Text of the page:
ECJ: National Prohibitions to Examine Violations of the Duty to Inform Suspects of their Right to Remain Silent Possible
12 August 2023 (updated 6 months, 1 week ago)
Simon Haupt

EU law does not preclude national legislation which prohibits the trial court in a criminal case from raising of its own motion a breach of the obligation imposed on the competent authorities to inform suspects or accused persons promptly of their right to remain silent with a view to the annulment of the procedure. However, those suspects or accused persons must not have been deprived of a practical and effective opportunity to have access to a lawyer. On 22 June 2023, this reply was given by the ECJ to a reference for preliminary ruling from the tribunal correctionnel de Villefranche-sur-Saône (Criminal Court, Villefranche-sur-Saône, France). The case is referred to as C‑660/21 (Procureur de la République v K.B. and F.S.).

Background of the case

On 22 March 2021, two individuals were arrested by police officers whilst stealing fuel. During the criminal proceedings brought against them, the court found that certain investigative acts and self-incriminating statements were taken from them before they were informed of their rights, including the right to remain silent, which is in violation of the national law transposing Arts. 3 and 4 of Directive 2012/13.

Due to the delay in informing them of their rights, the Criminal Court, Villefranche-sur-Saône, ruled that their right not to incriminate themselves had been violated. As a consequence, the court considered annulling the vehicle search, the suspects’ detention in custody, and all the related acts. However, in French criminal law, pleas of procedural invalidity, such as the breach of the right to be informed of the right to remain silent when placed in custody, must be raised by the individuals or their lawyer before presenting any defense on the merits. Neither the suspects nor their lawyer had raised such a plea before their defense in the case at hand.

The referring court sought guidance from the ECJ on whether the prohibition of French courts raising, on their own motion, a breach of the obligation to inform suspects and accused persons promptly of their right to remain silent, is compatible with EU law.

The ECJ’s ruling

The Court recalled that the right to remain silent is safeguarded not only by Art. 48 CFR, relating to the presumption of innocence and right of defense, but also by Art. 47(2) CFR, relating to the right to a fair hearing. Directive 2012/13/EU is based on the mentioned fundamental rights guarantees and imposes an obligation on Member States to inform suspects or accused persons promptly of their rights, including the right to remain silent, before the first official interview with the police or another competent authority.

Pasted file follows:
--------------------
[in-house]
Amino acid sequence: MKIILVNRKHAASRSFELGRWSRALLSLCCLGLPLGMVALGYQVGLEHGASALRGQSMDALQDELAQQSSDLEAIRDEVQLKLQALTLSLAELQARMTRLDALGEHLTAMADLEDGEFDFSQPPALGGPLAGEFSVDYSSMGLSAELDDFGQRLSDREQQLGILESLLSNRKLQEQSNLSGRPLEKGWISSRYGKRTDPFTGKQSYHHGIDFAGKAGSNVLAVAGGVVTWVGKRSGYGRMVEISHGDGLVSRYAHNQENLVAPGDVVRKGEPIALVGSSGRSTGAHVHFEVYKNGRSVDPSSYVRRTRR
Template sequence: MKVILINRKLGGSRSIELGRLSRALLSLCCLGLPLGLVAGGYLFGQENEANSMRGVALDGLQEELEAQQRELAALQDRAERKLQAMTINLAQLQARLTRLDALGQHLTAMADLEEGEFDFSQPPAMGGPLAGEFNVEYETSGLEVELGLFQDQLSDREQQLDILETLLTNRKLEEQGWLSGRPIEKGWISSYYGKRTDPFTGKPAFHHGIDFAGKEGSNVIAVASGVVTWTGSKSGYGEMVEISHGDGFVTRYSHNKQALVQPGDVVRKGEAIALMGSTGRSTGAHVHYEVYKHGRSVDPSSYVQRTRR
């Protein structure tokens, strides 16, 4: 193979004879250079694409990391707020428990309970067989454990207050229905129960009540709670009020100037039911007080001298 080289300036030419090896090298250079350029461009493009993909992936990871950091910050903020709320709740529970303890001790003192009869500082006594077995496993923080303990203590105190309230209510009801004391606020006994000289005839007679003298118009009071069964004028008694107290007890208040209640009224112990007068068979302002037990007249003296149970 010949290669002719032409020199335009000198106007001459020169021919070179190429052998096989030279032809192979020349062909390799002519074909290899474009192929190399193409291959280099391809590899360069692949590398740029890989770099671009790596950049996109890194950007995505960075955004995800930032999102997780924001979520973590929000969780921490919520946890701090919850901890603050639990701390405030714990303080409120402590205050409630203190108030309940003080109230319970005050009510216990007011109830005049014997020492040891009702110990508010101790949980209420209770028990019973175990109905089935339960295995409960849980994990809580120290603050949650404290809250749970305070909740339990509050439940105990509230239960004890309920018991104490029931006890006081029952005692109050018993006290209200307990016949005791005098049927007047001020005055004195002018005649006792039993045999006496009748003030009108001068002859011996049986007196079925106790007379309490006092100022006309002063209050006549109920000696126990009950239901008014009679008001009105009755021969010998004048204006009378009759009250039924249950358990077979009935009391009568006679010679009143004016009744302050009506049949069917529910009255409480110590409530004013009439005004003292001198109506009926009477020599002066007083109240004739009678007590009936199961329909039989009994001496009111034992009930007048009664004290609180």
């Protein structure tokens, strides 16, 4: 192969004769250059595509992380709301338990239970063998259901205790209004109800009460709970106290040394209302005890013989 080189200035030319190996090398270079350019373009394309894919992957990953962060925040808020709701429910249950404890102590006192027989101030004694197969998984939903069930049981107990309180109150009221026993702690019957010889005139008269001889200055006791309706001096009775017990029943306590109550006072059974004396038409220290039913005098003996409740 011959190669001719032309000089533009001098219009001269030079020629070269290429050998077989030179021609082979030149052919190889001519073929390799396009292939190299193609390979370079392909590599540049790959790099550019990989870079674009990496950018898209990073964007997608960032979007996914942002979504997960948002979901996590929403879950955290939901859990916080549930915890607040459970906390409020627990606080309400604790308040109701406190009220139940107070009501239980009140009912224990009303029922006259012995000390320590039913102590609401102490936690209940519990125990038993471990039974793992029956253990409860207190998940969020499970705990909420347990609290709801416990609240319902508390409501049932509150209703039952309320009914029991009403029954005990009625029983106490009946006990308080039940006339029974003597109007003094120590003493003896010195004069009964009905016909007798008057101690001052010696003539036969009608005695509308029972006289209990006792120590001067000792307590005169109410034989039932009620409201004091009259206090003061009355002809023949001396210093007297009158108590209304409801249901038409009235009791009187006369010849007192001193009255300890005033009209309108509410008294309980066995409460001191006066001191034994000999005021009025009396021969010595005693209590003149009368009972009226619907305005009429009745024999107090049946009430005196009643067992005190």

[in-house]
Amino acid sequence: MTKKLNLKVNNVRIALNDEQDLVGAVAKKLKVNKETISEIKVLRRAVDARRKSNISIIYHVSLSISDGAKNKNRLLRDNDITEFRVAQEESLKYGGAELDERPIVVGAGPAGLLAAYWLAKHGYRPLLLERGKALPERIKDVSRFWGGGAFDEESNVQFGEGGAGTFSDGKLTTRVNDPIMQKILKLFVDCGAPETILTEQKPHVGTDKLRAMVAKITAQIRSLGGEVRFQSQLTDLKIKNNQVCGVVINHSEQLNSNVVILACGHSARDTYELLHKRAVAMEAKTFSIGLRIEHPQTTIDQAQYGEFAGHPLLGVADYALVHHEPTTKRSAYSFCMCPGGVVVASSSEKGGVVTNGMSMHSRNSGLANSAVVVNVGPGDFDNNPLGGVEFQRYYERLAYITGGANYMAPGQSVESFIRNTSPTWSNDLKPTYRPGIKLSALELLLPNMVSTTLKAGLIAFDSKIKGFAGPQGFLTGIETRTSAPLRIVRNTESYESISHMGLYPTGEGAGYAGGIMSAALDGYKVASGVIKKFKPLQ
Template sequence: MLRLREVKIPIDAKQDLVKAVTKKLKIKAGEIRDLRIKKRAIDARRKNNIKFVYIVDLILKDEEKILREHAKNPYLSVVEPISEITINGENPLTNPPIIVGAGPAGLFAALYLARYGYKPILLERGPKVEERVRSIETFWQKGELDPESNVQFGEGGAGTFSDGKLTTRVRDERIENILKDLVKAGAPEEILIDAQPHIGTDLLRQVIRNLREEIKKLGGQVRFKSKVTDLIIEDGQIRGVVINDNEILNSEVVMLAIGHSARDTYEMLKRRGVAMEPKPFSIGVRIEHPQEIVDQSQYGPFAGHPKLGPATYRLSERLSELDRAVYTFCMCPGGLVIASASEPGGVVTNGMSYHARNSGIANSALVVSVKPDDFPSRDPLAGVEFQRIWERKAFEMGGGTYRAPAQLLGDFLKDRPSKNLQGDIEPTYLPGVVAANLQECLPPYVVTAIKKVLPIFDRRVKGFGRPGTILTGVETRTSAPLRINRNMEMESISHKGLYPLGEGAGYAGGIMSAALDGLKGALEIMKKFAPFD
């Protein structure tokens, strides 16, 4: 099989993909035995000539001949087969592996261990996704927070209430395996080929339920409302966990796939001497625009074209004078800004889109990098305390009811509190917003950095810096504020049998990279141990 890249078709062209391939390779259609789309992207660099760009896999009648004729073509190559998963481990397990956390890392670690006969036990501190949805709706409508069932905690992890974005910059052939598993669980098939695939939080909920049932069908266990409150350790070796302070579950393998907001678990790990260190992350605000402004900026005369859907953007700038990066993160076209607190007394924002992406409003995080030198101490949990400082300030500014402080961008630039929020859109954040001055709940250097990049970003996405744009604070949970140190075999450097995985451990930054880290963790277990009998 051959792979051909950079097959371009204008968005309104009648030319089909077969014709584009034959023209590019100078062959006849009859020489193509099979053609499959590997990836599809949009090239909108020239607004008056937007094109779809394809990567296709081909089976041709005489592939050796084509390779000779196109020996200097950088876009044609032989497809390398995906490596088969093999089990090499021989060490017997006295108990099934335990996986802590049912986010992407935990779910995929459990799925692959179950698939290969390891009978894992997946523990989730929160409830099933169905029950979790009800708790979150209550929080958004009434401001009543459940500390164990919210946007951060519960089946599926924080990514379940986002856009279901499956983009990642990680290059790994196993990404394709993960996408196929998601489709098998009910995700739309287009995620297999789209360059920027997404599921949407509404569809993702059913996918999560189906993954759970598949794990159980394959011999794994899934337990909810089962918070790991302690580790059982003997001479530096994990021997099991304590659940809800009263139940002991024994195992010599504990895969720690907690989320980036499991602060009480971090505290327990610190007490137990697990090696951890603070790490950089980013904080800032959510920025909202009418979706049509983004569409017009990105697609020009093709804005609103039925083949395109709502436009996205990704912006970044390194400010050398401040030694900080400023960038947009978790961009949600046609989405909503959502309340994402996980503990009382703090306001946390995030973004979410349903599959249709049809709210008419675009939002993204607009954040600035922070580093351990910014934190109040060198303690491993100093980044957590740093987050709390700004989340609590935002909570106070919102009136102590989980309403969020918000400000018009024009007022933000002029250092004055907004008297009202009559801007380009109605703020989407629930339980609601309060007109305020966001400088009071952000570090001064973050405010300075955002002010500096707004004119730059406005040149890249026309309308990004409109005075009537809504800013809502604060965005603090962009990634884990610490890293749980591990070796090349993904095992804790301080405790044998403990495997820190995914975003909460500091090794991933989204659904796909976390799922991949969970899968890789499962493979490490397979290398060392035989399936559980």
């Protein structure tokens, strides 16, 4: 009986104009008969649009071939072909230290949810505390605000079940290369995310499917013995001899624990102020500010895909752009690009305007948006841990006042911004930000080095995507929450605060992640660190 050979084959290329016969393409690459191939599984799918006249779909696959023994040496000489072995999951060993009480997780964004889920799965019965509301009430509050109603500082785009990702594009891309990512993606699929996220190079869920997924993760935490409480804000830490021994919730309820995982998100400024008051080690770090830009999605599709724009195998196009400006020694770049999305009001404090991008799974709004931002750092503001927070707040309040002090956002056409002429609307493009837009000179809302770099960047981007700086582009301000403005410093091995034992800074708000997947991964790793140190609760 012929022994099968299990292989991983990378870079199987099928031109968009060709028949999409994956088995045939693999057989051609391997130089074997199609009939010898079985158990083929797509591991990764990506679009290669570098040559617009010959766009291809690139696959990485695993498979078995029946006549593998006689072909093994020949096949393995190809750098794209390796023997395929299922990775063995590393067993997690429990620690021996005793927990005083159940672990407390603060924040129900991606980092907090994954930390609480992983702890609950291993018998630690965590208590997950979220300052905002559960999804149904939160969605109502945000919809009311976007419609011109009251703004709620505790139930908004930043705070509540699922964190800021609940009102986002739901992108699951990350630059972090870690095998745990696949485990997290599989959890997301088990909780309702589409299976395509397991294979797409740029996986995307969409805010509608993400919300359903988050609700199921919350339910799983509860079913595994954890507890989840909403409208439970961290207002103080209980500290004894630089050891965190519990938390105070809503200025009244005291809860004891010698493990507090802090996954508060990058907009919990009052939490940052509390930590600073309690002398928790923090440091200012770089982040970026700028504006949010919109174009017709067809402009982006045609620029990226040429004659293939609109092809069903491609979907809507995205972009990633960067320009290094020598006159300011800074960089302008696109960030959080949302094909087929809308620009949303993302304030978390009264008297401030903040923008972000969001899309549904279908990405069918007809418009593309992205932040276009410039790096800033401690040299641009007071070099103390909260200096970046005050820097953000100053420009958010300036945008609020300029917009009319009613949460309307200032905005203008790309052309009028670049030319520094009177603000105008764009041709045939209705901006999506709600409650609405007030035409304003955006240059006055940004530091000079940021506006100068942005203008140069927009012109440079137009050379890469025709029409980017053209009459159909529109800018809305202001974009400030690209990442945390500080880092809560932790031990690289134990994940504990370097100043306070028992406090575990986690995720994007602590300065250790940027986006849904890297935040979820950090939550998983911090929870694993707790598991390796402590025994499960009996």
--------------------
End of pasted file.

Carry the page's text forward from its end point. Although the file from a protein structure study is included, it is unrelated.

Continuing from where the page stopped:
The ECJ emphasized that, when implementing the Directive, Member States must ensure that the right to an effective remedy and a fair hearing, as laid down in the Charter, are respected. Besides this, Member States have some leeway to establish that procedure. The Court found that, if suspects have practically and effectively had the right of access to a lawyer, if necessary having obtained legal aid, have had a right of access to their file and the right to invoke that breach within a reasonable period of time, national provisions for courts in a criminal case to challenge breaches are within this leeway. Therefore, it is possible to limit the time within which such a breach may be invoked. Moreover, if the suspect or his/her lawyer waive that opportunity, they must bear the possible consequences of that waiver.

The ECJ concluded that national prohibitions, such as the French one in question, do not violate Directive 2012/13 as well as Arts. 47(2) and 48 CFR, but left open the question whether there had been a procedural shortcoming. This is a matter falling to the domestic courts to assess. In consequence, French courts are still prevented from raising of their own motion a breach of the obligation to inform suspects promptly of their right to remain silent after the presentation of a defense on the merits.

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Simon Haupt

Simon Haupt has been intern at the Max Planck Institute for the Study of Crime, Security and Law (7/2023-8/2023)

Leipzig University

law student and student assistant at the Chair of Prof. Elisa Hoven (chair for German and Foreign Criminal Law, Criminal Procedural Law, Economic Criminal Law and Media Criminal Law)